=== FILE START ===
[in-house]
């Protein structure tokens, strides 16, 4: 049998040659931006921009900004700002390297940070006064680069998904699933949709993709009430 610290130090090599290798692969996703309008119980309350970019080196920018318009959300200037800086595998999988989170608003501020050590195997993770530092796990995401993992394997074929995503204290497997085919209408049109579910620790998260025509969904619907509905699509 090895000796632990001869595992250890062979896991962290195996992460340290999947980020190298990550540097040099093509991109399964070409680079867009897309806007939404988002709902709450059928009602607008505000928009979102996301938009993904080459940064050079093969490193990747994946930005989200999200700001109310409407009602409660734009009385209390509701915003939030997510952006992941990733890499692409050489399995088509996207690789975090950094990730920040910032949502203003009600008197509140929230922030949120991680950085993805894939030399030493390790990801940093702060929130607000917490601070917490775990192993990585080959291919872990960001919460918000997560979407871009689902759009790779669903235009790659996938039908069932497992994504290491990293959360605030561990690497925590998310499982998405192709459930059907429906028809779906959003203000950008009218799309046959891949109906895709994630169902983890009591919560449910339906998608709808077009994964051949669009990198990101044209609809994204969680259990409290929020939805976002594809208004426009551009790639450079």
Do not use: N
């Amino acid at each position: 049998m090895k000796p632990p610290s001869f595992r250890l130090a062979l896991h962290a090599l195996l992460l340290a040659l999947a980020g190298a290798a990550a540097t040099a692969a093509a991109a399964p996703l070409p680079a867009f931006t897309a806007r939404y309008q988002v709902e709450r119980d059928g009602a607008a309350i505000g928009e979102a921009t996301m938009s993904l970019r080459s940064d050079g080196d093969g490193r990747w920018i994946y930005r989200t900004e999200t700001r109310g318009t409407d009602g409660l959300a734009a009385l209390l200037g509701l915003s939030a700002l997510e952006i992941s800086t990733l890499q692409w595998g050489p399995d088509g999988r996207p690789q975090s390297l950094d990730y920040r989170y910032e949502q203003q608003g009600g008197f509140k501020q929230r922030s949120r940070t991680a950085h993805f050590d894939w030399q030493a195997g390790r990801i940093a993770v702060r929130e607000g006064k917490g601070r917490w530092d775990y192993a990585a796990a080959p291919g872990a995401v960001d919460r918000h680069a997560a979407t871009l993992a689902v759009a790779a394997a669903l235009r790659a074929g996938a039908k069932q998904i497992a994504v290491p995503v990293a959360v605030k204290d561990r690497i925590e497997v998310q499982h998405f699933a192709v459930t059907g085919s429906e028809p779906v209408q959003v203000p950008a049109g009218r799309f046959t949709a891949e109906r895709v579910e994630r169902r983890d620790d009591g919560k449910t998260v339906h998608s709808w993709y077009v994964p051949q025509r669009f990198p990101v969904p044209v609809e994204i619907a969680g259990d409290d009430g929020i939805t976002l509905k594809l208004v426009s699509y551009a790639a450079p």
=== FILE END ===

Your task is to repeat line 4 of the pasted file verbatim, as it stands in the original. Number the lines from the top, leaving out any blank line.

């Amino acid at each position: 049998m090895k000796p632990p610290s001869f595992r250890l130090a062979l896991h962290a090599l195996l992460l340290a040659l999947a980020g190298a290798a990550a540097t040099a692969a093509a991109a399964p996703l070409p680079a867009f931006t897309a806007r939404y309008q988002v709902e709450r119980d059928g009602a607008a309350i505000g928009e979102a921009t996301m938009s993904l970019r080459s940064d050079g080196d093969g490193r990747w920018i994946y930005r989200t900004e999200t700001r109310g318009t409407d009602g409660l959300a734009a009385l209390l200037g509701l915003s939030a700002l997510e952006i992941s800086t990733l890499q692409w595998g050489p399995d088509g999988r996207p690789q975090s390297l950094d990730y920040r989170y910032e949502q203003q608003g009600g008197f509140k501020q929230r922030s949120r940070t991680a950085h993805f050590d894939w030399q030493a195997g390790r990801i940093a993770v702060r929130e607000g006064k917490g601070r917490w530092d775990y192993a990585a796990a080959p291919g872990a995401v960001d919460r918000h680069a997560a979407t871009l993992a689902v759009a790779a394997a669903l235009r790659a074929g996938a039908k069932q998904i497992a994504v290491p995503v990293a959360v605030k204290d561990r690497i925590e497997v998310q499982h998405f699933a192709v459930t059907g085919s429906e028809p779906v209408q959003v203000p950008a049109g009218r799309f046959t949709a891949e109906r895709v579910e994630r169902r983890d620790d009591g919560k449910t998260v339906h998608s709808w993709y077009v994964p051949q025509r669009f990198p990101v969904p044209v609809e994204i619907a969680g259990d409290d009430g929020i939805t976002l509905k594809l208004v426009s699509y551009a790639a450079p």